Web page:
Check your battery terminals
Most modern cars run on a 12 volt negative ground electrical system. If your battery terminals or contacts aren't clean, you're making it more difficult for the current to pass around the electrical system. Remove the terminal caps as described above and clean each contact post with a wire brush to get a nice clean metal contact surface. Do the same to the terminal caps, then reattach them as described above?

Lights One indicator or blinker is flashing faster than the other

When you indicate one way and the blinker flashes quicker than when you indicate the other way, it means one of the bulbs has blown. An auto parts store will be able to tell you what sort of bulb you need to replace it with and your manual should show you how to get at the indicator bulbs they're different on every car.

Don't touch the glass when changing headlight bulbs
Most headlight bulbs now are filled with halogen and have special coatings on the outside of the glass. If you pick the bulb up by the glass with your fingers, you will leave trace amounts of oil and grease on the glass. When the bulb is used, that area of the glass will get hotter than the rest and it will eventually cause the bulb to crack. When changing headlight bulbs, only hold the metal bulb holder at the base, or make sure you're wearing rubber surgical / mechanic's gloves (clean ones) if you're touching the glass.

Dash / instrument warning lights

The check engine light. Every new car now comes with OBD-II - On Board Diagnostics 2. This is a fault-registering system connected to sensors all over the car, engine, fuel and emissions system. When the check engine light comes on, it can mean many things. There are something like 4,000 unique OBD2 codes that can be stored. Handheld OBD2 diagnostic tools can be plugged in to the OBD2 port which is normally under the dash on the driver's side. These tools can read out the fault code and/or reset the system to contain no codes. Codes are split into two categories historical/inactive, and active. The historical codes are lists of things that have been detected in the past but are no longer an issue, whilst the active codes are things that are a problem right now. Codes are subdivided into B-codes (body), C-codes (chassis) and the biggest list of all - Pcodes (power train). P0440 OBD-II code. This is the most common code you'll find and it's the first thing you should check. P0440 is the code for Evaporative Emission Control System Malfunction which covers a multitude of sins. The one thing it covers that you can check is your gas cap (petrol cap). Most new cars have a pressurised fuel system and vapour recovery loop. If you've filled up with petrol and not twisted the gas cap until it clicks, you've not sealed the fuel system. It won't pressurise and the OBD2 system will log a P0440 code. In fact, on a lot of cars, that code is so common they'll actually have some way of telling you to check the gas cap. In the Honda Element, for example, if a P0440 code is logged, the dash scrolls "CHECK GAS CAP" across the odometer display. So if you get a check engine light, check the gas cap first and see if the light goes off. Note: even if the light does go off, the code will likely still be stored in the OBD system and will show up next time it is checked. It wasn't the gas cap. If tightening the gas cap didn't do it, you'll need to find someone with an OBD2 diagnostics tool or reader. Some garages will charge you just for plugging the device in and reading the code. If they do, walk away.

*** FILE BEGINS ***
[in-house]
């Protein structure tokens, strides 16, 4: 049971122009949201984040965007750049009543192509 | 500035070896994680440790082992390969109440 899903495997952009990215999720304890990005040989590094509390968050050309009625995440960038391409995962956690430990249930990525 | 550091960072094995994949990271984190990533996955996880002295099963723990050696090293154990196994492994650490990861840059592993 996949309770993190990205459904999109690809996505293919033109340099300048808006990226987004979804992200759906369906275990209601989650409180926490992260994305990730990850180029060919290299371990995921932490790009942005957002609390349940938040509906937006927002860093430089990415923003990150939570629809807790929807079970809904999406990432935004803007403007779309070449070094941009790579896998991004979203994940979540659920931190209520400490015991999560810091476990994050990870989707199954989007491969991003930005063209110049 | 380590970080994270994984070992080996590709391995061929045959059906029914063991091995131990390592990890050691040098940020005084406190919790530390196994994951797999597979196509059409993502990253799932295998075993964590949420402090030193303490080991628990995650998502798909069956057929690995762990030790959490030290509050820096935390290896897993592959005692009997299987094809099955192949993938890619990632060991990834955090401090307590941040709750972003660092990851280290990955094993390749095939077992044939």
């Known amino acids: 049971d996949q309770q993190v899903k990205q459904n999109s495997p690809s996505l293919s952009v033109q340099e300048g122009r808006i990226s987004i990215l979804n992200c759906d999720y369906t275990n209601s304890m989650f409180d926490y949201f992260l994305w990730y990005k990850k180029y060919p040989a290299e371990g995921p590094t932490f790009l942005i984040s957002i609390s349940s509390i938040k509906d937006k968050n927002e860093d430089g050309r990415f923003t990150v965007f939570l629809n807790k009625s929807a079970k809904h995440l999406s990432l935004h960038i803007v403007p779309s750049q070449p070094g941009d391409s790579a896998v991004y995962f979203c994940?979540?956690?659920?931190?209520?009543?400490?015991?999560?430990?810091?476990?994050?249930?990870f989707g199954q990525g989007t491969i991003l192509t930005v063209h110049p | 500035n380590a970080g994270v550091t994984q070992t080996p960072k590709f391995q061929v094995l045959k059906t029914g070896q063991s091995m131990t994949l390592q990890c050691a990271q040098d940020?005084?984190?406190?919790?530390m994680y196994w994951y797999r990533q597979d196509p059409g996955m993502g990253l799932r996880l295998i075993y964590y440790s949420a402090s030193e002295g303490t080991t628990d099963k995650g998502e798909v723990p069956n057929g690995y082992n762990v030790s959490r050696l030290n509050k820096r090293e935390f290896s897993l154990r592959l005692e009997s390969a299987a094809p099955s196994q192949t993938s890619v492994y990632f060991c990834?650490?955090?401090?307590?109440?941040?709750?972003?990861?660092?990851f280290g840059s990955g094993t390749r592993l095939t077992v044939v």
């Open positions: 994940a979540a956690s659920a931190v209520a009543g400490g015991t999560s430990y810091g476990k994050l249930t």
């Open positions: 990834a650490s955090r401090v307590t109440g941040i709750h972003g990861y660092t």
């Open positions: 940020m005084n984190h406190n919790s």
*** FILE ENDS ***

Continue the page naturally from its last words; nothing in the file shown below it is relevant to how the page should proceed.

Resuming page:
The service engine light / Maint Reqd light. This might indicate "Service", "Service Engine" or "Maint Reqd". It's an indicator that you're getting close to a scheduled maintenance interval. On some cars it's as simple as counting miles before it comes on, whilst on others it maps engine temperatures, oil temperatures, air temperatures and other indicators of probable stress to tell you when it might be time for new oil or a service. In most cars this can be overridden or reset by you, the owner. Your handbook will tell you if this is the case. If you take your car for a service, the garage should reset it for you. Typically this light will come on when you start your car, and then turn off again as part of the self-check. If it stays on for 10 seconds then turns off, it normally means you're within 500 miles of needing a service. If it flashes for 10 seconds, it normally means you've exceeded a recommended service interval. The electrical fault light. This warning light is different in every car but normally it looks like a picture of a battery, similar to the picture on the left here. You'll see it come on and go off when you start your engine as part of the car's self-test, but if this light comes on and stays on, it means the electrical charging system is no longer working properly. Think of it like a cell phone battery. If the cell phone is plugged into the charger, you can use it indefinitely, but when you disconnect it from the charger, there's a limited amount of time before your battery runs out. It's exactly the same in your car, only bigger. Every car has an alternator - the charger - and a 12v battery used to supply power to the electrical system. If the alternator becomes faulty or the drive belt to it snaps, then it will not be able to do its job. The longer you drive, the more your car will use up the remaining juice in the battery and eventually the engine will die. This almost always requires a new or refurbished alternator.